This is a Seminar course designed to further develop your critical
scientific thinking, oral communication, technical writing, and
quantitative reasoning skills. This semester’s course will focus upon a
particular topic, namely, the impending “peaking” of world oil
supplies, alternative energy sources (do they add up in terms of
quantities of energy produced), and the consequences of energy shortfall
to human enterprises (transportation, manufacturing, agriculture,
technology, medicine, etc.).
Energy is of vital importance to all organisms. Homo Sapiens
have prospered as a species not only because of superior intellect, but
also because of their ability to capture artificial supplies of
renewable and non-renewable energy. These artificial supplies consist
of the work of draft animals, stored carbon (plants), fossil carbon
(oil, coal, and natural gas) and primordial energy (nuclear). Of these
energy supplies, oil is most vital, as there is no effective substitute
for liquid fuels in transportation and for oil as a feedstock for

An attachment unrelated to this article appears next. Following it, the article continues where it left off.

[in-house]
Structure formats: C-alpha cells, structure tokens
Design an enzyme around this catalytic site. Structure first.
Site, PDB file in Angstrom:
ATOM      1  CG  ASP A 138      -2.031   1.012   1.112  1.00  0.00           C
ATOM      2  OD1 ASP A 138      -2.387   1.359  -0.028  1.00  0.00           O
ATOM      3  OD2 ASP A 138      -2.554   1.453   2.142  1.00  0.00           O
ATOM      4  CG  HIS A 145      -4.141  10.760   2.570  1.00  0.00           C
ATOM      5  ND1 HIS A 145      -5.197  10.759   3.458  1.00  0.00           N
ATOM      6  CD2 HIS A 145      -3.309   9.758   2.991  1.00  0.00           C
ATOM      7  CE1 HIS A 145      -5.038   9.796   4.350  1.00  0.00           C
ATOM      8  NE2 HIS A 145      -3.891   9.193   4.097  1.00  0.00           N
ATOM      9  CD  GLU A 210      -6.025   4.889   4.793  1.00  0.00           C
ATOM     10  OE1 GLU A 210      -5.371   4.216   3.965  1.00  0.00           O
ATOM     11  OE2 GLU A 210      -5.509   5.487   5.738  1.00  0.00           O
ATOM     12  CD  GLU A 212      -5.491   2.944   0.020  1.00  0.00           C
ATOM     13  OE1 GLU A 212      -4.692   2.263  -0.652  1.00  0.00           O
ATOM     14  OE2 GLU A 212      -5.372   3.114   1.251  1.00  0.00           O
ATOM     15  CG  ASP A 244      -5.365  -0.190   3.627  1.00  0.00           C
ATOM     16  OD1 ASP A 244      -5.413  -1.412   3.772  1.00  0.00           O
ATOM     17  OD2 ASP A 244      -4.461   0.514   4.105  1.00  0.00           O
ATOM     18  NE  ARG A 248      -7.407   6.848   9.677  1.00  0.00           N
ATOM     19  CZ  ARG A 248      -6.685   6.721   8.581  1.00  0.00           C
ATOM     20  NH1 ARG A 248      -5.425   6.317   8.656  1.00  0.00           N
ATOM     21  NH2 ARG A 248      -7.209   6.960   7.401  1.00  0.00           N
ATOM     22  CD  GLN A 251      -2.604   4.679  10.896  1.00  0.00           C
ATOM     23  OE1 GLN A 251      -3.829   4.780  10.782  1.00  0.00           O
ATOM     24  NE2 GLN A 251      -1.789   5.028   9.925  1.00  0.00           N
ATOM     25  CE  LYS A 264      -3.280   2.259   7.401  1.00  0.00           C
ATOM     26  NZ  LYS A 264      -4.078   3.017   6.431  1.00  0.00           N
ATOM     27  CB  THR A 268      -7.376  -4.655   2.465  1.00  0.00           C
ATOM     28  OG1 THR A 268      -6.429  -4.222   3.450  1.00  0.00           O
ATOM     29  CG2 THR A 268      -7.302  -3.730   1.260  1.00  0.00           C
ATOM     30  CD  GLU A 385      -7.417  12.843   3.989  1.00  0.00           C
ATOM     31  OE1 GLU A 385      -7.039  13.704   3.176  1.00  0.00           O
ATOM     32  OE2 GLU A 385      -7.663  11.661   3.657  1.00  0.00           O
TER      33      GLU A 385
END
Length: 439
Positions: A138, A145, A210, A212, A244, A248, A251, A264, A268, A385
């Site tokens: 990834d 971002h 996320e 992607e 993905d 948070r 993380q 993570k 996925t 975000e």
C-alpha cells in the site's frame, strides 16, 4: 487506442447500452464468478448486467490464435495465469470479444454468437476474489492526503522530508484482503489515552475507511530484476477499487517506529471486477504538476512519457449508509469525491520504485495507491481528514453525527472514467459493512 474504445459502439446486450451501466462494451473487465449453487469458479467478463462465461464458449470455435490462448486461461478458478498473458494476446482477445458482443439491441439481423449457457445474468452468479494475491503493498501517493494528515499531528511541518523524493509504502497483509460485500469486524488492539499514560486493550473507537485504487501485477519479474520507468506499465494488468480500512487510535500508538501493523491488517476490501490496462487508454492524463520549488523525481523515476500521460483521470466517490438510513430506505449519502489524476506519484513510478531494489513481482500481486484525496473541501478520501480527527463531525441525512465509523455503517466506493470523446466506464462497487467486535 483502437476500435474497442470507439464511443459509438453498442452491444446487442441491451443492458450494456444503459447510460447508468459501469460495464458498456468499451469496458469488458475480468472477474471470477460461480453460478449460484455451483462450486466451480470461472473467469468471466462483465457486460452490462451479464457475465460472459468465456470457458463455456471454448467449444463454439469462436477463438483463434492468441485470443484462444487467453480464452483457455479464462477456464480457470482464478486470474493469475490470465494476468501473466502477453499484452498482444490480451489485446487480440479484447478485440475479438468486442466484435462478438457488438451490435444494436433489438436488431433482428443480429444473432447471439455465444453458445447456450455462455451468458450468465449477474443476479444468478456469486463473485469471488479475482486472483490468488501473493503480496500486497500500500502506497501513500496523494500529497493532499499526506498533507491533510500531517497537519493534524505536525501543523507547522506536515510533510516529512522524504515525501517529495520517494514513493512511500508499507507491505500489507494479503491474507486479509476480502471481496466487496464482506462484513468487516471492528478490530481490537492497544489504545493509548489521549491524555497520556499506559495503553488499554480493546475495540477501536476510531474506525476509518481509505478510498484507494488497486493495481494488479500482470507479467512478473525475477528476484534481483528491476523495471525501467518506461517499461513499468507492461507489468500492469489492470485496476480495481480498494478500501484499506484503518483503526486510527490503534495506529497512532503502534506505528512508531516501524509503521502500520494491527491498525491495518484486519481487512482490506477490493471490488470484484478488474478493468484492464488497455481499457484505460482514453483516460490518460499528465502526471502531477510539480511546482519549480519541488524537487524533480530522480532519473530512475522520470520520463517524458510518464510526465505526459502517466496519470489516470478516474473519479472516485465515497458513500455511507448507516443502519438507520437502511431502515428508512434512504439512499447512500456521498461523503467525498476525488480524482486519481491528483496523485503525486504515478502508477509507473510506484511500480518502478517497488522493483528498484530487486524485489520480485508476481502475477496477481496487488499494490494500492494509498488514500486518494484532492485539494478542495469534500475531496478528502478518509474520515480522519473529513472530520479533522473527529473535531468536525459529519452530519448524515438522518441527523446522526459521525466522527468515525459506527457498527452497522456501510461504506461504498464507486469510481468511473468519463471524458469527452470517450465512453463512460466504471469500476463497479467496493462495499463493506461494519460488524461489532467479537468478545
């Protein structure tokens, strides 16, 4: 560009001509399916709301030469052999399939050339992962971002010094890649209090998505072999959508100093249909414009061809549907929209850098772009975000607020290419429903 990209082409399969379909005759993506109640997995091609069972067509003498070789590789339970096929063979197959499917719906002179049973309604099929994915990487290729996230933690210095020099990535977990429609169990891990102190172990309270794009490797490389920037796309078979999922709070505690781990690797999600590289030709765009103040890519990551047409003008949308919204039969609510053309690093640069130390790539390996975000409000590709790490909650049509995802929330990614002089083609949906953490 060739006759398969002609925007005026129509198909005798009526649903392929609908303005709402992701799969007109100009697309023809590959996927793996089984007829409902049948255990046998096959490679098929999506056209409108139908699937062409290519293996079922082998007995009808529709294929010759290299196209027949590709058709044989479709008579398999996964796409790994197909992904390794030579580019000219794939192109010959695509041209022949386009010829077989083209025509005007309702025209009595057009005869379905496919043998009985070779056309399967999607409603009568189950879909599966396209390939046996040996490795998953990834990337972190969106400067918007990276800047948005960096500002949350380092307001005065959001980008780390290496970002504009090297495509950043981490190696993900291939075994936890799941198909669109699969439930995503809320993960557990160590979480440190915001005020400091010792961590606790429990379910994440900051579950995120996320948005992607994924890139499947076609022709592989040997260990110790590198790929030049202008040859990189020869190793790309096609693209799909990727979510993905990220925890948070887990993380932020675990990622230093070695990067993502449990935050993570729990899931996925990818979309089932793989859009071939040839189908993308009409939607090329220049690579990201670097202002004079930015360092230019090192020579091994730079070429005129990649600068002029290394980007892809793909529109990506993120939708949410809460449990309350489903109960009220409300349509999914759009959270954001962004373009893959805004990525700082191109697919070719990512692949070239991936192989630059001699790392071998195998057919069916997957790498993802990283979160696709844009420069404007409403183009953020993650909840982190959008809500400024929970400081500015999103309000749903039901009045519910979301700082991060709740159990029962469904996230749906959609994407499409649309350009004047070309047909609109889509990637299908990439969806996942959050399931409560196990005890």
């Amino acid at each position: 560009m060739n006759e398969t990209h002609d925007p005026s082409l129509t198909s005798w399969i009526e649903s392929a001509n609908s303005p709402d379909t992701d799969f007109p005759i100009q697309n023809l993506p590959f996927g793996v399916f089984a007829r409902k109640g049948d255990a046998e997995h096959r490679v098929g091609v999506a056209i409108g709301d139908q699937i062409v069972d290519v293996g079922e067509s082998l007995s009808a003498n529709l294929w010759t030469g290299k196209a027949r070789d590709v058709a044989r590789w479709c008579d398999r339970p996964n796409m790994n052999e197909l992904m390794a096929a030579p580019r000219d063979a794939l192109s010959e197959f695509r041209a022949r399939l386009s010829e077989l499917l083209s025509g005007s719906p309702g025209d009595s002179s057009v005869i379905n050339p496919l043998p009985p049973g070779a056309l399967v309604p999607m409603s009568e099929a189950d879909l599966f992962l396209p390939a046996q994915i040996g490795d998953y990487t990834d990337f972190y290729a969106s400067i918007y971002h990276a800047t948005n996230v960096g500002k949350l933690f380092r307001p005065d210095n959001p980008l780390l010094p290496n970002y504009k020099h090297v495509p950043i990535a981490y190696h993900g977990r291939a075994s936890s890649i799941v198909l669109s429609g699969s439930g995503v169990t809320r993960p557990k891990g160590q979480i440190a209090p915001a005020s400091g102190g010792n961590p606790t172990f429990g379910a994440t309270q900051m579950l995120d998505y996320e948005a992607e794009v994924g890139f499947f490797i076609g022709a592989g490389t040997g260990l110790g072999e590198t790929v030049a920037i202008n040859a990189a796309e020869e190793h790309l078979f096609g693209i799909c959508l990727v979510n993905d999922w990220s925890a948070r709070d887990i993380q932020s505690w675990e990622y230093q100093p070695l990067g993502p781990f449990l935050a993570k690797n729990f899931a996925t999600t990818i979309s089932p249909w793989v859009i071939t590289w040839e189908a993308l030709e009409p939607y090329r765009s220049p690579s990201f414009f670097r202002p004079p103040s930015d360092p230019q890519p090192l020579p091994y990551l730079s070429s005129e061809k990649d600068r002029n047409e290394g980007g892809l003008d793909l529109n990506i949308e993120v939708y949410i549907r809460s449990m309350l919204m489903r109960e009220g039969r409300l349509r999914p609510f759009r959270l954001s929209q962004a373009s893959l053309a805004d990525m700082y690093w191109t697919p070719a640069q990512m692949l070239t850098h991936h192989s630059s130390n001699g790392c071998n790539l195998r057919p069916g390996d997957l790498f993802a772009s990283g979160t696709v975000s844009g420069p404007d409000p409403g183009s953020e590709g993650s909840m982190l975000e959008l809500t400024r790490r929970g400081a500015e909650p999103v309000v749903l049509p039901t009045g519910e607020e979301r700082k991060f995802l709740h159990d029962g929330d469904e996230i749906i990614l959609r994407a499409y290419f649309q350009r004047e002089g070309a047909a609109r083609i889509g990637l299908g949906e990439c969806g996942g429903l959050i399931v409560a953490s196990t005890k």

petrochemicals. It is becoming increasingly apparent that world oil
production has reached a peak or will shortly, after which worldwide
supplies will be unable to meet demand. The US peaked in 1971 and
solved the problem of diminishing oil production via imports; however,
once the world peaks, there will be nowhere to turn to for more supply.
The peaking of world oil production has extremely serious economic,
geopolitical, and social/behavioral consequences as Homo Sapiens enters
the post-peak era. Some scholars regard “Peak oil” as the greatest
challenge yet faced by our species, since the Earth’s carrying capacity
itself has been artificially enhanced by the availability of cheap
non-renewable energy. This seminar will focus on the importance of
energy in human societies, the “peak oil” concept, the evidence that
peaking is imminent, and the challenges we face in the post-peak era.
This is a First Year Seminar course in the Science distribution block
(FS 111) and will address the essential skill of evaluating data
collected through scientific inquiry. Oral communication skills, both